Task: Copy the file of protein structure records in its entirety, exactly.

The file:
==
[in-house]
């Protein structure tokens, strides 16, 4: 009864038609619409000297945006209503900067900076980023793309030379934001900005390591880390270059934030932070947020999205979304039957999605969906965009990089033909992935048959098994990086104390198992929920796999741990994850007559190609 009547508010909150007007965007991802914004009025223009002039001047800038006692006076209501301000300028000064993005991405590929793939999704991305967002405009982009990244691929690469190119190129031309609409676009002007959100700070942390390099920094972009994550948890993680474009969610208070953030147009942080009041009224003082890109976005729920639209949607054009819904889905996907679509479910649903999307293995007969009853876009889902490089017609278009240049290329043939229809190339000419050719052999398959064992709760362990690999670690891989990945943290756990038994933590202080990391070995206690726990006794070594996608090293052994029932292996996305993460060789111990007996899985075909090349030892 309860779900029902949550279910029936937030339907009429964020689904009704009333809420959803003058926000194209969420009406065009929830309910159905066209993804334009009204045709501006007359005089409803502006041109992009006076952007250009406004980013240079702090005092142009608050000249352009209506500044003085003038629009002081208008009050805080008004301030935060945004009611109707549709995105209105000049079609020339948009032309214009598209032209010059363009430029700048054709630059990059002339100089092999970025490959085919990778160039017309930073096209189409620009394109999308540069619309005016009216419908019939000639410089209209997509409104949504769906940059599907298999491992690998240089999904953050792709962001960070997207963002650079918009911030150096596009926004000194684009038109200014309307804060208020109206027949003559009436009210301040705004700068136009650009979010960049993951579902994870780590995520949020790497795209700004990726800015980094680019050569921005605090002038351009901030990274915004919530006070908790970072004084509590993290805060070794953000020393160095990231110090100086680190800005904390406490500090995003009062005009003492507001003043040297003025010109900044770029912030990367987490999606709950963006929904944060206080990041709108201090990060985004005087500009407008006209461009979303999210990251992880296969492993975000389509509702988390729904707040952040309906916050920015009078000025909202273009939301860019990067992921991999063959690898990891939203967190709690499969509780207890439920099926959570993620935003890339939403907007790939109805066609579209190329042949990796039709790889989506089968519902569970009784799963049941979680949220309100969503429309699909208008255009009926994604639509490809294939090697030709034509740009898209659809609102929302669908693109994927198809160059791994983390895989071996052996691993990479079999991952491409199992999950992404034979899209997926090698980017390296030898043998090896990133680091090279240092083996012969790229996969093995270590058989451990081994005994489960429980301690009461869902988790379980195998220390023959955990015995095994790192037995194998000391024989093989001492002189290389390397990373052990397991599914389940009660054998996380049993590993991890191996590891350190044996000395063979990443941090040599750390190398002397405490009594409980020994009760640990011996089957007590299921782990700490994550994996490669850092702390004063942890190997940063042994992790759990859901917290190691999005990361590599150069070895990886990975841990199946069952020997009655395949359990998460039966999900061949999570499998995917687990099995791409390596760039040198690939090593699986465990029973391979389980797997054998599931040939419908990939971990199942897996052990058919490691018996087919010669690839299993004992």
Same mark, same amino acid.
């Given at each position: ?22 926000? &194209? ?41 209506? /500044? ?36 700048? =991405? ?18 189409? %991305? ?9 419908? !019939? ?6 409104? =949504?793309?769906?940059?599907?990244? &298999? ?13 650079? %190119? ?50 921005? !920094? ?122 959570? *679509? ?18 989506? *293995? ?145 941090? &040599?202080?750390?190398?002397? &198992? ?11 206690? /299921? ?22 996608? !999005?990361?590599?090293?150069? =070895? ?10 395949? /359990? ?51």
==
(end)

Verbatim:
[in-house]
């Protein structure tokens, strides 16, 4: 009864038609619409000297945006209503900067900076980023793309030379934001900005390591880390270059934030932070947020999205979304039957999605969906965009990089033909992935048959098994990086104390198992929920796999741990994850007559190609 009547508010909150007007965007991802914004009025223009002039001047800038006692006076209501301000300028000064993005991405590929793939999704991305967002405009982009990244691929690469190119190129031309609409676009002007959100700070942390390099920094972009994550948890993680474009969610208070953030147009942080009041009224003082890109976005729920639209949607054009819904889905996907679509479910649903999307293995007969009853876009889902490089017609278009240049290329043939229809190339000419050719052999398959064992709760362990690999670690891989990945943290756990038994933590202080990391070995206690726990006794070594996608090293052994029932292996996305993460060789111990007996899985075909090349030892 309860779900029902949550279910029936937030339907009429964020689904009704009333809420959803003058926000194209969420009406065009929830309910159905066209993804334009009204045709501006007359005089409803502006041109992009006076952007250009406004980013240079702090005092142009608050000249352009209506500044003085003038629009002081208008009050805080008004301030935060945004009611109707549709995105209105000049079609020339948009032309214009598209032209010059363009430029700048054709630059990059002339100089092999970025490959085919990778160039017309930073096209189409620009394109999308540069619309005016009216419908019939000639410089209209997509409104949504769906940059599907298999491992690998240089999904953050792709962001960070997207963002650079918009911030150096596009926004000194684009038109200014309307804060208020109206027949003559009436009210301040705004700068136009650009979010960049993951579902994870780590995520949020790497795209700004990726800015980094680019050569921005605090002038351009901030990274915004919530006070908790970072004084509590993290805060070794953000020393160095990231110090100086680190800005904390406490500090995003009062005009003492507001003043040297003025010109900044770029912030990367987490999606709950963006929904944060206080990041709108201090990060985004005087500009407008006209461009979303999210990251992880296969492993975000389509509702988390729904707040952040309906916050920015009078000025909202273009939301860019990067992921991999063959690898990891939203967190709690499969509780207890439920099926959570993620935003890339939403907007790939109805066609579209190329042949990796039709790889989506089968519902569970009784799963049941979680949220309100969503429309699909208008255009009926994604639509490809294939090697030709034509740009898209659809609102929302669908693109994927198809160059791994983390895989071996052996691993990479079999991952491409199992999950992404034979899209997926090698980017390296030898043998090896990133680091090279240092083996012969790229996969093995270590058989451990081994005994489960429980301690009461869902988790379980195998220390023959955990015995095994790192037995194998000391024989093989001492002189290389390397990373052990397991599914389940009660054998996380049993590993991890191996590891350190044996000395063979990443941090040599750390190398002397405490009594409980020994009760640990011996089957007590299921782990700490994550994996490669850092702390004063942890190997940063042994992790759990859901917290190691999005990361590599150069070895990886990975841990199946069952020997009655395949359990998460039966999900061949999570499998995917687990099995791409390596760039040198690939090593699986465990029973391979389980797997054998599931040939419908990939971990199942897996052990058919490691018996087919010669690839299993004992």
Same mark, same amino acid.
């Given at each position: ?22 926000? &194209? ?41 209506? /500044? ?36 700048? =991405? ?18 189409? %991305? ?9 419908? !019939? ?6 409104? =949504?793309?769906?940059?599907?990244? &298999? ?13 650079? %190119? ?50 921005? !920094? ?122 959570? *679509? ?18 989506? *293995? ?145 941090? &040599?202080?750390?190398?002397? &198992? ?11 206690? /299921? ?22 996608? !999005?990361?590599?090293?150069? =070895? ?10 395949? /359990? ?51």